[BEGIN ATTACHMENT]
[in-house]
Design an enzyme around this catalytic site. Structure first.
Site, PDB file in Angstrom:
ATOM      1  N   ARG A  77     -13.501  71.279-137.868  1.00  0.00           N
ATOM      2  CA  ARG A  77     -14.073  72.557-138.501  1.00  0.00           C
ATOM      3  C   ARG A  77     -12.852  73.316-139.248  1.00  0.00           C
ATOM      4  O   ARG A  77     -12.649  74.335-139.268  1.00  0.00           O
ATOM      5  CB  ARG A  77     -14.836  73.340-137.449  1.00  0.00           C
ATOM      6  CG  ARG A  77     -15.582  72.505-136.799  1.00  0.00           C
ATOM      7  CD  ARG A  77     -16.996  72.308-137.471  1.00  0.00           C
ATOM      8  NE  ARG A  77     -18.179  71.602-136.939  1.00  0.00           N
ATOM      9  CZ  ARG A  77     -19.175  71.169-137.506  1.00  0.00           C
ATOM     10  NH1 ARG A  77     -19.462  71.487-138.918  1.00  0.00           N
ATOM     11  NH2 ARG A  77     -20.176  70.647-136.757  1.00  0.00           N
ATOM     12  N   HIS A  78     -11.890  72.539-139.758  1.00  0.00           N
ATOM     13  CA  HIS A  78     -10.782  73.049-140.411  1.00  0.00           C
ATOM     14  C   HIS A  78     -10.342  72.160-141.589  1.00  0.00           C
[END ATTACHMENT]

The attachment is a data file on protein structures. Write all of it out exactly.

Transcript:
[in-house]
Design an enzyme around this catalytic site. Structure first.
Site, PDB file in Angstrom:
ATOM      1  N   ARG A  77     -13.501  71.279-137.868  1.00  0.00           N
ATOM      2  CA  ARG A  77     -14.073  72.557-138.501  1.00  0.00           C
ATOM      3  C   ARG A  77     -12.852  73.316-139.248  1.00  0.00           C
ATOM      4  O   ARG A  77     -12.649  74.335-139.268  1.00  0.00           O
ATOM      5  CB  ARG A  77     -14.836  73.340-137.449  1.00  0.00           C
ATOM      6  CG  ARG A  77     -15.582  72.505-136.799  1.00  0.00           C
ATOM      7  CD  ARG A  77     -16.996  72.308-137.471  1.00  0.00           C
ATOM      8  NE  ARG A  77     -18.179  71.602-136.939  1.00  0.00           N
ATOM      9  CZ  ARG A  77     -19.175  71.169-137.506  1.00  0.00           C
ATOM     10  NH1 ARG A  77     -19.462  71.487-138.918  1.00  0.00           N
ATOM     11  NH2 ARG A  77     -20.176  70.647-136.757  1.00  0.00           N
ATOM     12  N   HIS A  78     -11.890  72.539-139.758  1.00  0.00           N
ATOM     13  CA  HIS A  78     -10.782  73.049-140.411  1.00  0.00           C
ATOM     14  C   HIS A  78     -10.342  72.160-141.589  1.00  0.00           C